A lot or a little?
The parents' guide to what's in this movie.
What parents need to know
Parents need to know that No Manches Frida is a Spanish-language comedy from Mexico (with English subtitles) about an ex-con who must take a job as a substitute teacher at a struggling high school in order to find a bag of stolen cash. There's fighting, guns, and rough treatment (including a teacher holding a student's head under water). And, disturbingly, two instances in which a man drugs the drinks of unsuspecting women are played for laughs. Expect plenty of strong language, although not all of it is translated (the words that are include "s--t," "a--holes," "s--head," and more). Although there aren't any sex scenes in the movie, there are several suggestive jokes and comments about virginity, being aroused, and hooking up. One supporting character is a stripper, and several scenes take place in the strip club (although there's no official nudity). Both adults and teens drink and smoke cigarettes, and in one serious scene, troubled teens are taken on a "scared straight" field trip to see a drug dealer, a drug addict, and other ways their lives could end up if they don't pay attention in school.
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What's the story?
NO MANCHES FRIDA is the story of Zequi Alcantara (Omar Chaparro), a Mexican bank robber. After being released from prison, Zequi goes to retrieve his stash of cash, only to discover that the spot where his accomplice buried it -- in the courtyard of Frida Kahlo High School -- is now underneath a brand-new gym. Zequi decides to apply for a school custodian job in order to start digging for his loot, but the principal is so desperate for faculty that she offers him a substitute teacher position instead. So Zequi copies straight-laced teacher Miss Lucy's (Martha Higareda) degree and ends up assigned to the one group of troubled, rebellious kids no one else wants to teach. As Zequi's mission to unearth his money continues, he finds himself slowly attracted to Lucy and genuinely interested in encouraging his students.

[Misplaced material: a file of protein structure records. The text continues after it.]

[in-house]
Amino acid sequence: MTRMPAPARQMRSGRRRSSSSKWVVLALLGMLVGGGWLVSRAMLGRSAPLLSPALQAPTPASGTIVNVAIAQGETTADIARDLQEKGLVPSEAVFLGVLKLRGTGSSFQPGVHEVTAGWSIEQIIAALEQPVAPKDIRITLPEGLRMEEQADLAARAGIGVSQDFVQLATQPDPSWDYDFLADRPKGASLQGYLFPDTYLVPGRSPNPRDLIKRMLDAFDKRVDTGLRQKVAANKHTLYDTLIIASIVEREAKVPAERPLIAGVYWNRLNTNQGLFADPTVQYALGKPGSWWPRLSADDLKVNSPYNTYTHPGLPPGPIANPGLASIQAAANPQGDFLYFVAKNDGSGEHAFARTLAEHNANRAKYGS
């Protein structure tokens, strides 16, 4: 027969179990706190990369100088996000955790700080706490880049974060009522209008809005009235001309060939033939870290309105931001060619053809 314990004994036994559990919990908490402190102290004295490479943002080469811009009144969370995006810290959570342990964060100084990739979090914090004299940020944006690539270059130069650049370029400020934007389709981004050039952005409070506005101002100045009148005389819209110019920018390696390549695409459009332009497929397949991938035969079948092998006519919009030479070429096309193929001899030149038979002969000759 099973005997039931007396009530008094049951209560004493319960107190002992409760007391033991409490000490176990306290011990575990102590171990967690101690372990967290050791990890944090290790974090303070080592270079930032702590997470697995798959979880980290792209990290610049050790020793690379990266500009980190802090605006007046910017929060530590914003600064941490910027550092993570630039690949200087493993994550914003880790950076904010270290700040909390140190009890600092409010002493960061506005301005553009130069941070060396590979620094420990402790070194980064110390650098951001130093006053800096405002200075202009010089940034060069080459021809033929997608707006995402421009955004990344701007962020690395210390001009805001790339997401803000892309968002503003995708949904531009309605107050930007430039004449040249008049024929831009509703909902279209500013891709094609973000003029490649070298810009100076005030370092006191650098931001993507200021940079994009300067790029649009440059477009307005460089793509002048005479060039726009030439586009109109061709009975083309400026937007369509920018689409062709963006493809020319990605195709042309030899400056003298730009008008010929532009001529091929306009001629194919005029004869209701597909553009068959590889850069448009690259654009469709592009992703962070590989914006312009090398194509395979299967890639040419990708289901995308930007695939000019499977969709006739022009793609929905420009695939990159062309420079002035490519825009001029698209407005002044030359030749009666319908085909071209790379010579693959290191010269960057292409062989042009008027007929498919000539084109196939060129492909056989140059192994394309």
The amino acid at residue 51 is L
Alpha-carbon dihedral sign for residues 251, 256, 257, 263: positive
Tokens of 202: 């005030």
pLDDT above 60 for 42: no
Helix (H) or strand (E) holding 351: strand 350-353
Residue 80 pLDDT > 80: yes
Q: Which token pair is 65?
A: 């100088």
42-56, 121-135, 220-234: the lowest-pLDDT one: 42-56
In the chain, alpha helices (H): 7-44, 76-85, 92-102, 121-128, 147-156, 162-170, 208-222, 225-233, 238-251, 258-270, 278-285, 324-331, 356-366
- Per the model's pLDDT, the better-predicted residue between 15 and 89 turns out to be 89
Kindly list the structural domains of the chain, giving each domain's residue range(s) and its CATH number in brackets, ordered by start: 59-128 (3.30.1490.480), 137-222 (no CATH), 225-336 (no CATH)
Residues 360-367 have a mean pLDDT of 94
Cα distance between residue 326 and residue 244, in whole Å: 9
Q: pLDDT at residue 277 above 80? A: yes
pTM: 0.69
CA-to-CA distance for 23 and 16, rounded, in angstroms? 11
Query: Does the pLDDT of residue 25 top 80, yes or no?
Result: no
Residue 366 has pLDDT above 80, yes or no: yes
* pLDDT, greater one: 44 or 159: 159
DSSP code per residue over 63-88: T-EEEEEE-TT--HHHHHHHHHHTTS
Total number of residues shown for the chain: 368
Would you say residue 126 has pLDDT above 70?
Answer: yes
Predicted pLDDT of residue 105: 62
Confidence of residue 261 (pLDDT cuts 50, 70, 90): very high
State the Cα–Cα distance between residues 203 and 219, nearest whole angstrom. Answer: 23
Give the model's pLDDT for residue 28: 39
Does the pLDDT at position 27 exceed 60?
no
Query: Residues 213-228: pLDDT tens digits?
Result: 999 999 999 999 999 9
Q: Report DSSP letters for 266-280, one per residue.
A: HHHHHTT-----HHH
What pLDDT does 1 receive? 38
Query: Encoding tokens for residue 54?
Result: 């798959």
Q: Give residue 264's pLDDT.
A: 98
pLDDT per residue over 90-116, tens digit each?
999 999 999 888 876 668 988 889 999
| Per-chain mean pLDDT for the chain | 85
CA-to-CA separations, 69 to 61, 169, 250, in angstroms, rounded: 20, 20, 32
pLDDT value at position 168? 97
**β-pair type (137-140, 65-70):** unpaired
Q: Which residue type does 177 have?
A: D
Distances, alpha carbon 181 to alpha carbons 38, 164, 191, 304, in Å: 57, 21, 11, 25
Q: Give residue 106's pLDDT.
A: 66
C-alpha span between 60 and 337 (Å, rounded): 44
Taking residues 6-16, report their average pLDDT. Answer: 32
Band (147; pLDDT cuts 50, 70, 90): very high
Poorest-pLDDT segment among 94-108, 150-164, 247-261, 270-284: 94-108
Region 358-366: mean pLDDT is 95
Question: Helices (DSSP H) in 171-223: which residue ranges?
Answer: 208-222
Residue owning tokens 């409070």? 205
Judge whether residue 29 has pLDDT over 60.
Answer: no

Is it any good?
Despite being predictable and moderately raunchy, this Spanish-language comedy is entertaining enough, thanks to its performances. Mexican comedy actor Chaparro is known for his expressive face and imitations, and they work well for him in the role of Zequi, who at first couldn't care less about Frida High's students or faculty; he just wants to get his money and scram. But, soon enough, Lucy's earnest kindness and selflessness (she's not only her orphaned sister's guardian, but she also never stops thinking about how to better reach her students) start making an impact on the hardened bank robber.
Most of the jokes in No Manches Frida are obvious, and some fall flat -- especially the two gags involving spiked drinks, which in this day and age connote sexual assault, not harmless pranks. But there are some legitimate laughs, and the opposites-attract chemistry between Chaparro and Higareda is charming, even though the "good girl and reformed bad boy" relationship is such a cliche. Audiences won't get a full picture of any of the students' back stories, but they'll still root for the kids to pass their exam and for Zequi to redeem himself enough to be worthy of Lucy.
Talk to your kids about ...
Families can talk about the various forms of violence in No Manches Frida. How does a movie's tone affect the impact of violent content?
Why do you think movies about underperforming school/students are so popular and compelling? How does this one compare to others?
Did you notice any positive role models in the movie? If so, who are they, and what character strengths do they exhibit?
What do you think about the message that girls should get "made over" to look beautiful and be perceived as desirable?
What message does it send audiences when scenes like those of a man drugging women's drinks are played for laughs?
- In theaters: September 2, 2016
- On DVD or streaming: December 27, 2016
- Cast: Omar Chaparro, Martha Higareda, Mónica Dionne
- Director: Nacho Garcia Velilla
- Studio: Pantelion
- Genre: Comedy
- Topics: High School
- Run time: 100 minutes
- MPAA rating: PG-13
- MPAA explanation: crude sexual content, drug material, teen smoking and drinking, brief strong language and gestures, and thematic elements
- Last updated: November 11, 2020
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